So let’s say that violence and criminality lie at the base of modern politics and society. This seems like a fairly reasonable supposition given how, at least in the US, our politicians have been “in bed” with criminals continually. There is the fact that FDR made a deal with the mafia don, Meyer Lansky would provide protection along the east coast of the US and FDR would move Lucky Luciano to more comfortable accommodations in the prison system and then free Luciano and send him to Italy after WWII ended. There is also the fact that the US Army, when it invaded Sicily, used the mafia there to combat communists who had resisted Mussolini’s government as well as the German Nazis.

 

            And regarding violence, it is good to remember that the US was created by virtue of a revolution, that is, a revolutionary war that constituted at the time treason. The American Revolution was a treasonous war. And, of course, the US was perpetuated by means of the Civil War, one of the bloodiest wars ever fought.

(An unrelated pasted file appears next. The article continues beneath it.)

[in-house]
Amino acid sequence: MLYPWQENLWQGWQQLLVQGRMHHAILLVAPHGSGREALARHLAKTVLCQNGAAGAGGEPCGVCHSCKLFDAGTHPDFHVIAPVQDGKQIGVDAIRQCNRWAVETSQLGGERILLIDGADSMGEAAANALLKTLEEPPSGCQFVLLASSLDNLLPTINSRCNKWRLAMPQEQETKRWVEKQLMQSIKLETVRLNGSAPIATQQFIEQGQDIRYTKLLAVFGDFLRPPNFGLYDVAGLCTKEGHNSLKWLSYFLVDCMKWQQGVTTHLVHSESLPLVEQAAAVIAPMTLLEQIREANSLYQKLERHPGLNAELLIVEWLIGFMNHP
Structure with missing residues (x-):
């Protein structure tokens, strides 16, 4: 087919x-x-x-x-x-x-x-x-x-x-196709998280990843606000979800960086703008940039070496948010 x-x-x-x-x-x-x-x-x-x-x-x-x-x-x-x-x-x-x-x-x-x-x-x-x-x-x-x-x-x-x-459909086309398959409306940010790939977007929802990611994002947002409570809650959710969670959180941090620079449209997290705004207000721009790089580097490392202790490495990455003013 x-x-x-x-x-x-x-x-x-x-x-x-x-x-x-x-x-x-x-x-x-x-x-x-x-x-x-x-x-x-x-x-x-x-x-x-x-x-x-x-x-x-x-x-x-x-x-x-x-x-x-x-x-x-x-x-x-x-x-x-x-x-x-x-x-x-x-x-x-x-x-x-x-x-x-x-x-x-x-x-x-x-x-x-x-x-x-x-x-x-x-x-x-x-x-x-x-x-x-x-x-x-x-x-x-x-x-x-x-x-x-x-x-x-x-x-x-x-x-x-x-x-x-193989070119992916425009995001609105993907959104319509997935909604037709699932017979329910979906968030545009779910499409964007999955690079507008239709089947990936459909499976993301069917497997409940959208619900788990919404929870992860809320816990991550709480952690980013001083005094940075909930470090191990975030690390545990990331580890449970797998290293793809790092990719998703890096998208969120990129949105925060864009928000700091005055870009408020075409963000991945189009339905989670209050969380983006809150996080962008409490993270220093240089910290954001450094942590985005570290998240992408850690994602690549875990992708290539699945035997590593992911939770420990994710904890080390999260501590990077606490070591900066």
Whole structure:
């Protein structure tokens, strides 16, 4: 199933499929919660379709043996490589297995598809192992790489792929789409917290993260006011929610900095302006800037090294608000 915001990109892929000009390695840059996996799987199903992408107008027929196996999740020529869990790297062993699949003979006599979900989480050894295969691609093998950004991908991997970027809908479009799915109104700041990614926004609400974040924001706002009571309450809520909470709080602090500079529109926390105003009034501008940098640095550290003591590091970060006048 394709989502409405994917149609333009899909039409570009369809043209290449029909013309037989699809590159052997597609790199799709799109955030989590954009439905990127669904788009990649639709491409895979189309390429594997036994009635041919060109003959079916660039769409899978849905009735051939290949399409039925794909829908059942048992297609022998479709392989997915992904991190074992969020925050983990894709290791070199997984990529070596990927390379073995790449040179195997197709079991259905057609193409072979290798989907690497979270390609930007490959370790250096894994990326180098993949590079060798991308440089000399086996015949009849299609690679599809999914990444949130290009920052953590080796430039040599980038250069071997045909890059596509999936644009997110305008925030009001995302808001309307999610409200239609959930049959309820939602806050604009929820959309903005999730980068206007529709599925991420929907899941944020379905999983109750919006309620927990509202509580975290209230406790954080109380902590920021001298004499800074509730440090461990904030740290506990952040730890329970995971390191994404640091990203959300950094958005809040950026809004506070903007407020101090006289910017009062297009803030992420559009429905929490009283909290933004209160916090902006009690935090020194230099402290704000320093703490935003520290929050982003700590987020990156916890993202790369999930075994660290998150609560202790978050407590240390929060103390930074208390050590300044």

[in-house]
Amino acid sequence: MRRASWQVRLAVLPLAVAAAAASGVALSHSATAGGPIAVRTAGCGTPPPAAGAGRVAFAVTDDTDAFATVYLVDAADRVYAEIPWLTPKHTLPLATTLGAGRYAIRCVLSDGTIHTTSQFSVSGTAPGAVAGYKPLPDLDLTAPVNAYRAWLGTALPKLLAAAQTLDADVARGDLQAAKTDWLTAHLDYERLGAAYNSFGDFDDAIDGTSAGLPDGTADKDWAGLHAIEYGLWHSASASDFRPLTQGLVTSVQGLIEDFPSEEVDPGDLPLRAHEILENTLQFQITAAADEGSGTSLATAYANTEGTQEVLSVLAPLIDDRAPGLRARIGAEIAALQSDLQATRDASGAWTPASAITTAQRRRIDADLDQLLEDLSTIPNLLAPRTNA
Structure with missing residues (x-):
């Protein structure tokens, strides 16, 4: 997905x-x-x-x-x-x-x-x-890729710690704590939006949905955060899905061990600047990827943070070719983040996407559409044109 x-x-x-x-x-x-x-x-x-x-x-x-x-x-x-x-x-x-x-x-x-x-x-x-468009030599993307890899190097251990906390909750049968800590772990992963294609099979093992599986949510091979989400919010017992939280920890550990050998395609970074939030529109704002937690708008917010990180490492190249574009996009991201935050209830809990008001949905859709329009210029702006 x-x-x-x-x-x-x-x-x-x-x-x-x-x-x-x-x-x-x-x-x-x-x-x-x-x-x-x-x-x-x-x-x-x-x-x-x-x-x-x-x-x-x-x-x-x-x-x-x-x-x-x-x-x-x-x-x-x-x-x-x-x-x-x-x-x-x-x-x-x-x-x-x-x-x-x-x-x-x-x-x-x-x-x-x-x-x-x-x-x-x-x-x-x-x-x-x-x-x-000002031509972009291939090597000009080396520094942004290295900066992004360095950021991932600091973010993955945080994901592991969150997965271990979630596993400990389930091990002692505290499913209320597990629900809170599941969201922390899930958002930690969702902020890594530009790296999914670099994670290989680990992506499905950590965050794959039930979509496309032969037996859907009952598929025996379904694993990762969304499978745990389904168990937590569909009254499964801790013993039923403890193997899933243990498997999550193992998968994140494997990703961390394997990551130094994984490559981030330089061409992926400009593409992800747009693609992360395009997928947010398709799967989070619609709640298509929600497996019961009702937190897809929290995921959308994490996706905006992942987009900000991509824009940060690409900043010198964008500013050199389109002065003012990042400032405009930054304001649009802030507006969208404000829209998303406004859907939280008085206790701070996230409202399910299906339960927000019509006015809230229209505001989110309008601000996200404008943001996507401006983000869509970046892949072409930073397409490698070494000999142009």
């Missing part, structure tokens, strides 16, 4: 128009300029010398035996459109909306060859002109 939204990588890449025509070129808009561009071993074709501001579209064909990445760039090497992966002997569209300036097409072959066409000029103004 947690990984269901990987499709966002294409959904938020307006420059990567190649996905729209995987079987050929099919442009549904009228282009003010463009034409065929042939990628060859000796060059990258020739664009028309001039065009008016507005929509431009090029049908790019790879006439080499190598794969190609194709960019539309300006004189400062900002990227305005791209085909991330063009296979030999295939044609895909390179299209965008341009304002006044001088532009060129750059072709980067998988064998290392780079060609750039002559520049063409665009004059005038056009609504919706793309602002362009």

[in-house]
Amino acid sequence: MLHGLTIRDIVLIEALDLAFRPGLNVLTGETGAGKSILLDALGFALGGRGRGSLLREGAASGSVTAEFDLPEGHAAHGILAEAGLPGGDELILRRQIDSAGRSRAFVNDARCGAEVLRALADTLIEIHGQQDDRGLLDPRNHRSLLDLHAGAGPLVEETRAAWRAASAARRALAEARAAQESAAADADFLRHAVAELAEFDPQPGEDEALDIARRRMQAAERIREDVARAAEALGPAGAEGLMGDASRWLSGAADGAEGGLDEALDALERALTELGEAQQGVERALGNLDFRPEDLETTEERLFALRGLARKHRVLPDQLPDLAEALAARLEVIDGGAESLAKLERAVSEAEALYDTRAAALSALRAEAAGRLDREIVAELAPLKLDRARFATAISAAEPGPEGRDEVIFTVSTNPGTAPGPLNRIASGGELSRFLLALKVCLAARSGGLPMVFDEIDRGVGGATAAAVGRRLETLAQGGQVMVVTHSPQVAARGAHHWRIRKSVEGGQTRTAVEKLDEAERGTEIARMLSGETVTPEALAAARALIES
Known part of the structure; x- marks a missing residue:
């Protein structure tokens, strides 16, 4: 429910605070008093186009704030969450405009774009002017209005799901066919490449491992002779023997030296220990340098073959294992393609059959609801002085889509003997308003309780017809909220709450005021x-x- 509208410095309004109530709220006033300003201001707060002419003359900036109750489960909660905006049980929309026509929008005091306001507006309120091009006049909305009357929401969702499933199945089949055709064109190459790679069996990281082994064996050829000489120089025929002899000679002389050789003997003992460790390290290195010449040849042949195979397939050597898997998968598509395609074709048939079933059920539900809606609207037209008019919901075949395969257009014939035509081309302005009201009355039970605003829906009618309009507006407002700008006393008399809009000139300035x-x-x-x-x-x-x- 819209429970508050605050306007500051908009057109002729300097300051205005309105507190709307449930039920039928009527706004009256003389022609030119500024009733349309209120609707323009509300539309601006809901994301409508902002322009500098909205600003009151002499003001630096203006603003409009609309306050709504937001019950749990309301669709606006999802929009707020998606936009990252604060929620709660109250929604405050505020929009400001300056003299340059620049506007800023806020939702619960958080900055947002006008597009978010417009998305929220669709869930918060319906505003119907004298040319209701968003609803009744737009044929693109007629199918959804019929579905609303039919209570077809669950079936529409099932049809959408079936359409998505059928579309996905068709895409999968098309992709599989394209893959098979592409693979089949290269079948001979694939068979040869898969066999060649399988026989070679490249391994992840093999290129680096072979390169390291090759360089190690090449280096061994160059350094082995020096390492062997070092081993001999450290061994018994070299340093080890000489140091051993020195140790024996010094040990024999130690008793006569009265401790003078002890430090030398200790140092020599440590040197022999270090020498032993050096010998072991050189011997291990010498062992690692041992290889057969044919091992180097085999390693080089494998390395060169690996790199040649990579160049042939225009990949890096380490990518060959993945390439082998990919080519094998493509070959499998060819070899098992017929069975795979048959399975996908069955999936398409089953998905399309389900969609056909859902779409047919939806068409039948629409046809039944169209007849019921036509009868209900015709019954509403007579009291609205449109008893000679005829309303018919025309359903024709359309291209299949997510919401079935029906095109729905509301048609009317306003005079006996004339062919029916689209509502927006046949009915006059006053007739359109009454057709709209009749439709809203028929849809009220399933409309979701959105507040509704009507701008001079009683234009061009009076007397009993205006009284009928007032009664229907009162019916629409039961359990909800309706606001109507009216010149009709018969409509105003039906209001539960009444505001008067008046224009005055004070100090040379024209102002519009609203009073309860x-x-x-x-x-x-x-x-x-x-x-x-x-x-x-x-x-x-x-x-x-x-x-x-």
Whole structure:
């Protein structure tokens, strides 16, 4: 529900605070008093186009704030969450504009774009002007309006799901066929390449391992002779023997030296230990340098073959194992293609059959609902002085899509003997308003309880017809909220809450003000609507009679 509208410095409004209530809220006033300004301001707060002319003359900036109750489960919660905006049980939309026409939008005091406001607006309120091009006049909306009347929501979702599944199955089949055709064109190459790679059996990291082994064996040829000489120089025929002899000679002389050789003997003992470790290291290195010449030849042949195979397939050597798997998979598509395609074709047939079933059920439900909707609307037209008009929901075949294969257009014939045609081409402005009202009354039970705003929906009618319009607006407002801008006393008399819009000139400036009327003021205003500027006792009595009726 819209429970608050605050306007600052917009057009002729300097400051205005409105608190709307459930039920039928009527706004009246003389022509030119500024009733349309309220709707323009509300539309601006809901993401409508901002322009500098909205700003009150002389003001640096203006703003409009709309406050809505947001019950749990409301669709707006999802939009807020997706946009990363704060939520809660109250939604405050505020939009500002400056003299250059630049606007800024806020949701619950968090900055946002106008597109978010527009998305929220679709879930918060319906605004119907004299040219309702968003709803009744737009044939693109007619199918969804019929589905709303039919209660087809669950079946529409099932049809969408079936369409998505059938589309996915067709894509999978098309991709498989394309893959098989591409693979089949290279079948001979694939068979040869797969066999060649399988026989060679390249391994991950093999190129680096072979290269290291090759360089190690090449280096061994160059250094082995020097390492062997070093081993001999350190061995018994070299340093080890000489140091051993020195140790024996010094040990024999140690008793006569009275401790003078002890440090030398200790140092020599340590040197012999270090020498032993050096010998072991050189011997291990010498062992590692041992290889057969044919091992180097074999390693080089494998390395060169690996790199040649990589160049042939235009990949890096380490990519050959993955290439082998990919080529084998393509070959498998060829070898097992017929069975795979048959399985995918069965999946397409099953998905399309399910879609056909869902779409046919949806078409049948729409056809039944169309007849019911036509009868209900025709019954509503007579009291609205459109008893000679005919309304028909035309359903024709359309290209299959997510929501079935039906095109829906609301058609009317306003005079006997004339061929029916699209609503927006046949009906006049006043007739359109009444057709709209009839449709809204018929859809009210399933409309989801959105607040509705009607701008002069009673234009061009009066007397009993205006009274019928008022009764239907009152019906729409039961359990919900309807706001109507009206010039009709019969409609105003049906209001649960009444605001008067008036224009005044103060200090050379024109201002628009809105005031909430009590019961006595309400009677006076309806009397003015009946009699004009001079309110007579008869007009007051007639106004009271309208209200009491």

So, then our supposition seems at least plausible. But now a further supposition: Let us suppose that Plato and Aristotle knew that human societies rested on violence and criminality, something allegedly “discovered “ by Machiavelli. The difference between Plato, Aristotle and Machiavelli is that while Plato and Aristotle recognized that violence and criminality lay at the root of what we call “civilized” societies, they kept that hidden, while Machiavelli chose to expose it.

 

            This may not be a minor differentiation, although it might seem like one. By exposing the basis of human societies as violence and criminality, Machiavelli conveyed a certain legitimacy on those phenomena, and once that is done, everything changes. That is, after Machiavelli, what humans take to be good and bad changes, and what they take to be the best life changes as well. Violence and criminality, if committed on a large scale, come to be respectable, even admirable.